at what has gone on in libraries, libraries services are about the
community’s reserve of knowledge and sharing of information — and
helping members of the community find what they need quickly, accurately
and without bias.  I’m proposing nothing different, except expanding
the ways that libraries do this job.

The first of these two
assumptions is the simplest one to abandon.  Although the library
building remains the focus for many in the profession, in various ways,
virtual services are available through the web, chat, email or even Skype.  (I’ve written
before about the ways that library reference services could become
available anywhere and be much improved through a national
collaboration.)

image

The second assumption – the necessity for a human librarian at almost all points of service — will be a tougher one to discard.

Consider,
though, one of the most important of the emerging, disruptive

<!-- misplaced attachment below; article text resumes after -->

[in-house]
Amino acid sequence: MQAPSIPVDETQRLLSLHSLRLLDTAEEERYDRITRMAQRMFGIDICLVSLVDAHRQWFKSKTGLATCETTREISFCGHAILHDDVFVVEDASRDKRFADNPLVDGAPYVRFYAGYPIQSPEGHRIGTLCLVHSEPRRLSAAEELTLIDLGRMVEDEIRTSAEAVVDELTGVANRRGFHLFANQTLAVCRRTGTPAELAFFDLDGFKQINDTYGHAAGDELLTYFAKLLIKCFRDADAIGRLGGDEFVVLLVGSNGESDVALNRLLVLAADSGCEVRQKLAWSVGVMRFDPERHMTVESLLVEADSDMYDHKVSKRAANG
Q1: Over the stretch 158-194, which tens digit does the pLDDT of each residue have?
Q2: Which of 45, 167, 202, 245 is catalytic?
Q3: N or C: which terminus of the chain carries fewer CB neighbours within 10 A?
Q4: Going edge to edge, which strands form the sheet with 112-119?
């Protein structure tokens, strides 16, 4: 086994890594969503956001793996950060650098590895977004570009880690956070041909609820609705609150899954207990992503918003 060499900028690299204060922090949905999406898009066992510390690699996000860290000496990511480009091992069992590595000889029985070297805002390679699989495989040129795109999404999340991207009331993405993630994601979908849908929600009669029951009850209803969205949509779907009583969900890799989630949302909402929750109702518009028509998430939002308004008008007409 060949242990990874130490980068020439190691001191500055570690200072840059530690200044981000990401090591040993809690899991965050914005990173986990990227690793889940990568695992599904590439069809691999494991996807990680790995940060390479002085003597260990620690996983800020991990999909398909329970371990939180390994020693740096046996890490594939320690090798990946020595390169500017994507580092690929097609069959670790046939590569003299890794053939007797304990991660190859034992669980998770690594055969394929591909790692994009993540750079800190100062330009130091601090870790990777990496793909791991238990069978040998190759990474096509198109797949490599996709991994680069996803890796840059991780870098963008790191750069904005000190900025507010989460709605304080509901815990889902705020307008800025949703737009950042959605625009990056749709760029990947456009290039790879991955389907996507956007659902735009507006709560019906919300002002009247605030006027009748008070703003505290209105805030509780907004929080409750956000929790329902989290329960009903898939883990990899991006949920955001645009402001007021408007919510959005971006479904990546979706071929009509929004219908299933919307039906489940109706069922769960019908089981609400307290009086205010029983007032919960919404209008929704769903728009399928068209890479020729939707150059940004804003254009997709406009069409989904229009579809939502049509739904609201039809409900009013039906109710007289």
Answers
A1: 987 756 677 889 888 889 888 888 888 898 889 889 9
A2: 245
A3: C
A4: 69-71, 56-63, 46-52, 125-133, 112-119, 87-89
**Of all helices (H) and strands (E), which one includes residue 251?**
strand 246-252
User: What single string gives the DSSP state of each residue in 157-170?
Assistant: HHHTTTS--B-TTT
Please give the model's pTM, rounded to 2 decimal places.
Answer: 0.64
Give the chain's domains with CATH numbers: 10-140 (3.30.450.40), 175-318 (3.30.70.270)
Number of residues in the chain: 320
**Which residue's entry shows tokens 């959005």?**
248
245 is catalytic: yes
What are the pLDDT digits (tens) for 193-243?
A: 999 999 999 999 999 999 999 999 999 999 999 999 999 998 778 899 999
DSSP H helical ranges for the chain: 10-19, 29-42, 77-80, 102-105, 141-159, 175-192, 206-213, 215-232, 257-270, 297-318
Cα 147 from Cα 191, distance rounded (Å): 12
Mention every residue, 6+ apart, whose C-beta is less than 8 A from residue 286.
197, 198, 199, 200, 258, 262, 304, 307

technologies – artificial intelligence and machine learning – which can
supplement and enhance the ability of librarians to deliver information
services well and at a scale appropriate for the large demand.

My hope is that, working with software and artificial intelligence experts, librarians
will start creating machine learning and artificial intelligence
services that will make in-depth, unbiased knowledge guidance and
information reference universally available.

Doing that
successfully as a national project will enable the library as an
institution, if not a building, to reclaim its role as information
central for people of all ages.

By the way, the use of artificial
intelligence in libraries is not a new idea.  In 1991, Charles W. Bailey
wrote an article titled “Intelligent Library Systems: Artificial Intelligence Technology and Library Automation Systems”.

During